The violin emitted a high-pitched wail. The cello contrasted the sound with a violent, deep, thunderous rumble. The flute sporadically interrupted with a breathy screech.
Each instrument’s capabilities were pushed to the brink in the Slee Sinfonietta’s performance last Tuesday at Lippes Concert Hall. The event, titled “Pan-Americana,” consisted of Latin American classical pieces dedicated to the Pan-American Association of Composers, an organization that exhibited composers throughout the Americas during the 20th century.
The program is rooted in metaphysical ideas of space, time and objects. For example, Edgard Varèse’s “Density 21.5” — a work for solo flute describing one of platinum’s physical properties — reflected on the materiality of sounds from different dimensions.
With this piece and many others, the music was purely experimental, prideful of its unorthodox sounds. It ignored melodies in favor of harsh, yet expressive dissonance. Even though it theoretically sounds like a recipe for cacophonic disaster, the works’ defiance of traditional classical music is the key to its success, as each performance resulted in excited applause.
Christian Baldini, the guest conductor, hoped to inspire curiosity as well as audience enjoyment.
“Some of the music we play may not be known by a lot of people, so my goal is always to give a little bit of something,” Baldini said. “If I had managed to pique someone’s curiosity, I’m happy. It means they’re going to go and pursue this kind of art.”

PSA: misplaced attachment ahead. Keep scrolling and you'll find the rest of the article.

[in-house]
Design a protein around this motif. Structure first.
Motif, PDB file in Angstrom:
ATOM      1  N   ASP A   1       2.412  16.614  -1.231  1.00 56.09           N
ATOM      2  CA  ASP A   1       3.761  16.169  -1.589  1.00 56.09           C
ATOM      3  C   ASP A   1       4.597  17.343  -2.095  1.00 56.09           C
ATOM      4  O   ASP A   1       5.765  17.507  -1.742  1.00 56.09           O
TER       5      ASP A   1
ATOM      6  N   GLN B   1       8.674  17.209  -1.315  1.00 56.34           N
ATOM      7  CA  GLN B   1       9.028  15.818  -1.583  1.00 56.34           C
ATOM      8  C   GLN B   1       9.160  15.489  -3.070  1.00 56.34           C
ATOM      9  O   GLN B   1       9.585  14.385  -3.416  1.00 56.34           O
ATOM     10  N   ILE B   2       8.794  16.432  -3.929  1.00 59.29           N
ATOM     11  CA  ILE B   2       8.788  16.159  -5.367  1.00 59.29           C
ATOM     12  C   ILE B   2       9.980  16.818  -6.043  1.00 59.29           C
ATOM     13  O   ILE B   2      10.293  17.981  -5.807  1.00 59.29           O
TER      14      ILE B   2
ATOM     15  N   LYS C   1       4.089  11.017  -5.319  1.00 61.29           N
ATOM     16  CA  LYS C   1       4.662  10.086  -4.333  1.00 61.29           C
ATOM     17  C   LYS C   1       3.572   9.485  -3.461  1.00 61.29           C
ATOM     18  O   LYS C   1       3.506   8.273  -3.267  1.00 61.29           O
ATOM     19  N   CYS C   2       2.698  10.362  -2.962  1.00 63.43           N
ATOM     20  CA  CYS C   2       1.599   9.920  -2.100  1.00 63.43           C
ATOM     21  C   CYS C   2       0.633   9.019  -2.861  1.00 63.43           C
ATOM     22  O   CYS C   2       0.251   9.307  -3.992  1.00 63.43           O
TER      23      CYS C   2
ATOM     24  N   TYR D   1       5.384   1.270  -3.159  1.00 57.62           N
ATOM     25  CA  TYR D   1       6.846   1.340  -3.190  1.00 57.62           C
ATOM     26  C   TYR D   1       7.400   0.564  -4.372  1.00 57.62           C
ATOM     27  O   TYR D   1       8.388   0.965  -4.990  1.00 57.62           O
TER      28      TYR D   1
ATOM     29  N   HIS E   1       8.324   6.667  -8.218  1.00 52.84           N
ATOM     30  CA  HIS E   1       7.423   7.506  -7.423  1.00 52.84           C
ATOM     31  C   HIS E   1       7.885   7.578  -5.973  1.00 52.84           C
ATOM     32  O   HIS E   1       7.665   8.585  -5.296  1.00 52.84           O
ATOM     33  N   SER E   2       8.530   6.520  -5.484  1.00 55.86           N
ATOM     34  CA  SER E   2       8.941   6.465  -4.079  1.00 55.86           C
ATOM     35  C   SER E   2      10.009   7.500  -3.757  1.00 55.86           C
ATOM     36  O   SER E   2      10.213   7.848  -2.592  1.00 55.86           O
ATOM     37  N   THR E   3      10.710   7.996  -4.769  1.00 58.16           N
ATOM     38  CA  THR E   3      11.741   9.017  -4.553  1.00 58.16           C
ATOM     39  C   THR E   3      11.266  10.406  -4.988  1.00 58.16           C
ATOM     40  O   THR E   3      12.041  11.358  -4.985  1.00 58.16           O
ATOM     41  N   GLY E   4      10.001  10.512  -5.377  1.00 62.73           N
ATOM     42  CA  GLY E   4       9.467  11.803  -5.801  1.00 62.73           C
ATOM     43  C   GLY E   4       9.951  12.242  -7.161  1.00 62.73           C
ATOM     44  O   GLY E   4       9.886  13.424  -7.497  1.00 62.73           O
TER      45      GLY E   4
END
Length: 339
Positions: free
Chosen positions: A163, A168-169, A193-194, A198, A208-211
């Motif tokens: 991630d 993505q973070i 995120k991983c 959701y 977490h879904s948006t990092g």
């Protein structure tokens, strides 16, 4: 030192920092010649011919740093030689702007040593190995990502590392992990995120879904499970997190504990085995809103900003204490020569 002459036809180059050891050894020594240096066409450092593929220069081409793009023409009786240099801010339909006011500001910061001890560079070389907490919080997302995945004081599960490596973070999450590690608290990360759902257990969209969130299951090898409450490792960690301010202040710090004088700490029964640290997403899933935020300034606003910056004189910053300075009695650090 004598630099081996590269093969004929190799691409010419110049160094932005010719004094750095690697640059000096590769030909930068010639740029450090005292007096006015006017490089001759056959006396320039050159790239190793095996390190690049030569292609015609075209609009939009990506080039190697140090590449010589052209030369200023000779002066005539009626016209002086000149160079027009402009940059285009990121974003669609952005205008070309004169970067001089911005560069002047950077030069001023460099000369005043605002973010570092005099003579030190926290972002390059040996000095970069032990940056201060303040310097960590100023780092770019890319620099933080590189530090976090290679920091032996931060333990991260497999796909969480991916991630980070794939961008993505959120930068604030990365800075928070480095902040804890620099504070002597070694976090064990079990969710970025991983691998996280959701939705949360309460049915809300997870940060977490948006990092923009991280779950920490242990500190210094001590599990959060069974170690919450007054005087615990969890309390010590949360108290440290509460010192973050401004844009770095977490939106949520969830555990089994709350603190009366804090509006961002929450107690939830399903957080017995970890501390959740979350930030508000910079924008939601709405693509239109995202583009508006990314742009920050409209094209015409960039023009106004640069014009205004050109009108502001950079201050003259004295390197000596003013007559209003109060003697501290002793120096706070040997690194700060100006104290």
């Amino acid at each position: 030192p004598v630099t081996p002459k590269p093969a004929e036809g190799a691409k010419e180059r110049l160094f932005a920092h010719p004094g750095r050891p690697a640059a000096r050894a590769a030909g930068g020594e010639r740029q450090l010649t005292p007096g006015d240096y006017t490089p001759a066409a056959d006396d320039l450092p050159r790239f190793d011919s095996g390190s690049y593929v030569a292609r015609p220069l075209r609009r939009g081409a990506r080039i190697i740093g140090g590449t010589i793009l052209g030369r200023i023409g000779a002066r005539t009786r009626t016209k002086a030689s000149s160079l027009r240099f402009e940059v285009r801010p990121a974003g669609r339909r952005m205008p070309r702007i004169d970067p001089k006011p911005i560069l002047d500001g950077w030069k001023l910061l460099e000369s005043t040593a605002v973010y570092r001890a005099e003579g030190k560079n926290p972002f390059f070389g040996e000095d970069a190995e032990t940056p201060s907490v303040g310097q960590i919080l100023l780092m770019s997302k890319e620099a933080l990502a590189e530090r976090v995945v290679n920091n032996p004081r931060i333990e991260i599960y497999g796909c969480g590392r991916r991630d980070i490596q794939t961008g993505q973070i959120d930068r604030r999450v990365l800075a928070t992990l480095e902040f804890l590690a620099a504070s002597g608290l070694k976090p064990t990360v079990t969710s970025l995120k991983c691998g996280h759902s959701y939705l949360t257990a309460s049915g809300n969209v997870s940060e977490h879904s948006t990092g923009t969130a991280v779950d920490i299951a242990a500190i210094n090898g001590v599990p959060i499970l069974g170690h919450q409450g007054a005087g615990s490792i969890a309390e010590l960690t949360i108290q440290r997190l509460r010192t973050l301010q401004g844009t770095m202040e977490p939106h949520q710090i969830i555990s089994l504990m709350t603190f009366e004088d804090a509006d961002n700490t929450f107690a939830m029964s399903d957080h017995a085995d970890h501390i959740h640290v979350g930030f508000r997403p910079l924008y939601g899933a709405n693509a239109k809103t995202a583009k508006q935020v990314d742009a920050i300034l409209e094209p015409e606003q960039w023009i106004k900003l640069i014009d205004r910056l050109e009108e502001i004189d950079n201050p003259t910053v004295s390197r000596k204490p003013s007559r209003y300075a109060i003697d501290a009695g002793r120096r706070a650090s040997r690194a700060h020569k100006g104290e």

Despite the unusual musical environment, the musicians and conductor worked in harmony. They were not performing as a full-size orchestra where the conductor dictates the musicality, so the small chamber ensemble approached the music differently.
The partnership between the two main collaborators — Baldini and Jonathan Golove, the Slee Sinfonietta’s artistic director and ensemble leader — worked well.
“With a situation like this, where it’s a smaller group, for a conductor, it’s needed to strike a balance between working collaboratively with the musicians and still providing clarity,” Golove said. “It’s such a pleasure to work with [Baldini] because there’s a clear direction, but it’s not someone telling you that it has to be like ‘this’ or ‘this’ all the time. Because when there’s only six or seven people playing, we [musicians] feel more responsible for the music.”
This musical unity functioned as a connection between the past and present. While the event honored the works of past composers, it also celebrated the accomplishments of living composers including Ricardo Zohn-Muldoon, a former Visiting Slee Professor of Music in fall 2020.
The performance’s finale, Zohn-Muldoon’s “Páramo,” defined experimental music within the context of Latin American culture. Based on Juan Rulfo’s “Pedro Páramo” — a story of a man’s journey in a ghost town — the piece is filled with constantly changing time signatures, almost like an unhinged musical clock.
The rhythmic difficulty and story added a sense of fascination, but the piece’s allure mainly stems from how it’s interpreted, emphasizing the program’s overall goal: to expand the ranges of Latin American experimental music and encourage the audience to form their own interpretations.
“Art is just a space where as an audience, what you’re receiving is really what you bring into it. So the [creator] gives you the kind of space to have an emotional connection,” Zohn-Muldoon said. “The work of art isn’t really communicating per se so in that sense, I think ultimately it would be really about the person and what they hear.”
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